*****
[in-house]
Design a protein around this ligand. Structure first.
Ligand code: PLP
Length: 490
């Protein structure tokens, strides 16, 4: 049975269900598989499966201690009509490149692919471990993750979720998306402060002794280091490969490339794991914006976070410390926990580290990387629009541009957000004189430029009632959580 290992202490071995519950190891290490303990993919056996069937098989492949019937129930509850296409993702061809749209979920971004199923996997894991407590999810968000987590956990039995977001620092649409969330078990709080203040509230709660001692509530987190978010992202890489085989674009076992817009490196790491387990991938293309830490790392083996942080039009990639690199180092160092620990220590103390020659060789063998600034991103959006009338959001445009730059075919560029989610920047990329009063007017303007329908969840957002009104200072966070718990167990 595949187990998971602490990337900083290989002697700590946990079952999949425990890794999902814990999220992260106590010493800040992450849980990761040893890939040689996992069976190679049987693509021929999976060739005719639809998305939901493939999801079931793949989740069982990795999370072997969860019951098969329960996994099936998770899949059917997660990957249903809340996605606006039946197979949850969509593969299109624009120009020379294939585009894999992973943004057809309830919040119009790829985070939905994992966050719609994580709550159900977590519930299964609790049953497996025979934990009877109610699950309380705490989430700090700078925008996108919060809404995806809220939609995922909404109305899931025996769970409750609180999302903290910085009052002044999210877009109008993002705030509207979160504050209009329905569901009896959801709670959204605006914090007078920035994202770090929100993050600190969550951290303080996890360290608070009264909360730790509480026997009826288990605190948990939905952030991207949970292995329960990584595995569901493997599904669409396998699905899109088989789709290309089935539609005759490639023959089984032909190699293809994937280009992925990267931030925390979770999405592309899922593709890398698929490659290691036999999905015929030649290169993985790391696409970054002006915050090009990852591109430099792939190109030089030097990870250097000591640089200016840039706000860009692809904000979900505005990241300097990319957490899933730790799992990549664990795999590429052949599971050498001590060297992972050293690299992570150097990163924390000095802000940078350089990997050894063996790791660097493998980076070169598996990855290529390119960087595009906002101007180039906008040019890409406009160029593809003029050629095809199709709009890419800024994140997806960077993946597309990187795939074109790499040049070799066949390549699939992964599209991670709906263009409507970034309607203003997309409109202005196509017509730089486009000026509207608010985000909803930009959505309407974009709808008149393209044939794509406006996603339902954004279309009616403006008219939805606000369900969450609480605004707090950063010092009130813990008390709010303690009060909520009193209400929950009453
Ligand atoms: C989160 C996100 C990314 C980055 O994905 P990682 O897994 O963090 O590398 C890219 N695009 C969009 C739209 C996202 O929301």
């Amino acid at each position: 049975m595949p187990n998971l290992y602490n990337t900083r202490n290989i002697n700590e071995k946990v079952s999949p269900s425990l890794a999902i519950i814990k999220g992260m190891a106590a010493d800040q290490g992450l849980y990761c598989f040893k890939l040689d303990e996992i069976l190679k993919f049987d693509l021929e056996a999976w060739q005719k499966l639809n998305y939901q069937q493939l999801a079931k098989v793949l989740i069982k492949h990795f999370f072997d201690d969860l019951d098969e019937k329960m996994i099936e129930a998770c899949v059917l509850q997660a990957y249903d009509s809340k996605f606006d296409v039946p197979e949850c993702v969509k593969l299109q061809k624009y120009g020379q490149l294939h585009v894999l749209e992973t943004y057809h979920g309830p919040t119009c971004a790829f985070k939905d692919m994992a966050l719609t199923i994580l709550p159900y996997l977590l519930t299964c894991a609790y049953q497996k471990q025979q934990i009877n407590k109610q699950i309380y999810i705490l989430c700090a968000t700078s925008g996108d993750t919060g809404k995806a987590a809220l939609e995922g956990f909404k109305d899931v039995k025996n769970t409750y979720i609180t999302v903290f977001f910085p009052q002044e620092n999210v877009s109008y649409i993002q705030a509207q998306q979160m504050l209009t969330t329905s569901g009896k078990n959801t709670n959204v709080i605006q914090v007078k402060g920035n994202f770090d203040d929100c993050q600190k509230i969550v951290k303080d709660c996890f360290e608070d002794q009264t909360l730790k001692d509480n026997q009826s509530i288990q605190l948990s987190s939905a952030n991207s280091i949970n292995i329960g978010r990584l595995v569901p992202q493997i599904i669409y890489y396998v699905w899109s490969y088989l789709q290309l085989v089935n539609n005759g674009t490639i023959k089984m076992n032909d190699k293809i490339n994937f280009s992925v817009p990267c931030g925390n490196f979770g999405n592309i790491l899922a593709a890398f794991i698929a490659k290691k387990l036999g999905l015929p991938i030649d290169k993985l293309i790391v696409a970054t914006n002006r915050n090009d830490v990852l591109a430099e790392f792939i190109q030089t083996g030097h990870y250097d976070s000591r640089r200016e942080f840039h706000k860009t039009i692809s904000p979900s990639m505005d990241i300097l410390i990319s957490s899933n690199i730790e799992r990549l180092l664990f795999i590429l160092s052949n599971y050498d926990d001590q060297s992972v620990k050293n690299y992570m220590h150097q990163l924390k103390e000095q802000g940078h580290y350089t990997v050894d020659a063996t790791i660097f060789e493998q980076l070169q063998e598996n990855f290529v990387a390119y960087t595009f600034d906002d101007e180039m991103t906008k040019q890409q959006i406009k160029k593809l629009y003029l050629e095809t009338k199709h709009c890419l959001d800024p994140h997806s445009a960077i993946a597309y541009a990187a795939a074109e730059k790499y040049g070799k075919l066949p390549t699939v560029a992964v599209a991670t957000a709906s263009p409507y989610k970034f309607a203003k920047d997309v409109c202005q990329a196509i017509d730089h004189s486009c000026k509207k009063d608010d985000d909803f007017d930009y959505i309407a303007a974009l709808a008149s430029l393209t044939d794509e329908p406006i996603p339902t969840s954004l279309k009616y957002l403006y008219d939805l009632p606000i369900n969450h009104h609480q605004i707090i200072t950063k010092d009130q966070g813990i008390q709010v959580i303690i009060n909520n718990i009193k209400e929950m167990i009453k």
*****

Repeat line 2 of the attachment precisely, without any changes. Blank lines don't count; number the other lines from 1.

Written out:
Design a protein around this ligand. Structure first.